Deputies seized 38 dogs, many of which were puppies, that were living inside stacked kennels inside a 30-foot recreational vehicle outside of Centralia Thursday afternoon.
The large majority of the kennels, as well as the floor of the trailer, were covered in dog feces. Many of the dogs were sleeping in and eating in their own feces, according to the Lewis County Sheriff’s Office.
Jimmie R. Jemison, the owner of the RV, is accused of breeding and keeping the puppies in unsafe and unsanitary conditions.
The 49-year-old Centralia man, who called the The Chronicle multiples times in the days leading to Thursday’s seizure, said he had ongoing health issues, including a number of severe infections.
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While Jemison will face a charge of second-degree animal cruelty, he was not booked into jail. He was instead transported to Harborview Medical Center, according to the sheriff’s office.
Jemison, who told The Chronicle he bred dogs and sold them in order to get money to pay for the care of his animals, said he had been contacted by deputies and an animal control officer before Thursday but he refused to let them come onto his property.
When deputies, code enforcement officers, human officers and a state veterinarian went to Jemison’s property on the 1600 block of Little Hanaford Road at 3 p.m. Thursday, they all wore protective apparel due to sanitation concerns, according to the release.
Authorities took 21 adult dogs and 17 puppies, which were a mixed breed of boxer, dachshund, chihuahua and basset hound, from the property, the release states. All the seized dogs were living in the RV with Jemison.
The dogs are now at the Lewis County Animal Shelter under observation and are being treated for dehydration and other ailments, according to the release.
Since it is a criminal case, Jemison has about three weeks to petition to try and get his dogs back before the shelter can adopt them out, said Amy Hanson, manager of the animal shelter.
In the meantime, the shelter will house, feed and care for the dogs, she said.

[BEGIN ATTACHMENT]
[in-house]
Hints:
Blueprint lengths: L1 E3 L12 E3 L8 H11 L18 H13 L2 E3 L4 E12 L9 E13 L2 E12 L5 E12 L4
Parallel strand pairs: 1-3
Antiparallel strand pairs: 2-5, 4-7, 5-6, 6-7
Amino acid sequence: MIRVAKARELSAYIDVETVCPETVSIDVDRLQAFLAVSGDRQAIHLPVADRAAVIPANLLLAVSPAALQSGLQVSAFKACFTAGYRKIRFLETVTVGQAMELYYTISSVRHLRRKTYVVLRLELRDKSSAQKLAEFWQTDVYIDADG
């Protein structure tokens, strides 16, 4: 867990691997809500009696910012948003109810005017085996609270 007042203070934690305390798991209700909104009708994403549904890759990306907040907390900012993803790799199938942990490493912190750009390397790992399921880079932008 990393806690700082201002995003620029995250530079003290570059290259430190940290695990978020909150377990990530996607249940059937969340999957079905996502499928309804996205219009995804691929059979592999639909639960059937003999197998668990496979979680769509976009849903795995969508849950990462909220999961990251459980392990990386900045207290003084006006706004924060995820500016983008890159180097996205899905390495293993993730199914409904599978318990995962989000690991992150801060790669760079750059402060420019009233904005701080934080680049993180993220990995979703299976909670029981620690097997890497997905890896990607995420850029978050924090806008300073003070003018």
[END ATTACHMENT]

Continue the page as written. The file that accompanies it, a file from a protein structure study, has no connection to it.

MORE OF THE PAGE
Due to the large number of dogs, the seizure pushes the animal shelter close to its capacity.
“We’re full,” she said.
Most of the dogs are well-fed, but the concern is parasites, she said.
“It’s just a matter of getting them cleaned up and then socializing them,” she said.
A good friend of Jemison, Chuck Haunreiter, said he was trying to act as a liaison between the sheriff’s office and Jemison for the past few days. On Friday, Haunreiter said he spoke to Jemison on the phone.
Jemison told him that normally the dogs run free inside the RV and he lets them outside often, Haunreiter said. The reason the dogs were in crates when the police arrived was because the police called him from the driveway to have him come outside.
As for the dirty conditions of the RV, Haunreiter explained: “Jim hadn’t cleaned up after his dogs because he was in severe depression for the last nine days — ever since the cops went out there the first time … He never left his motor home, except to feed the animals that were in the other outbuildings.”
Chief Deputy Stacy Brown, spokeswoman for the sheriff’s office, said a stun gun was used on Jemisonbecause he was uncooperative and failed to obey orders.
She said an investigation into Jemison began in April.
A Lewis County animal control officer visited Jemison’s property previously and saw a number of violations of the Lewis County breeding ordinance, which gave police probable cause, according to a press release from the sheriff’s office.
On the surrounding property, deputies found garbage cans and buckets full of feces.
About a dozen domesticated live rats were living in a cage in an outbuilding on the property. Chickens, quail and a goat were also on the property.
Dead opossums were also found.
Brown said the animals outside the RV were not taken as they appeared to be in good health and a relative of Jemison will take care of them while Jemison is in the hospital.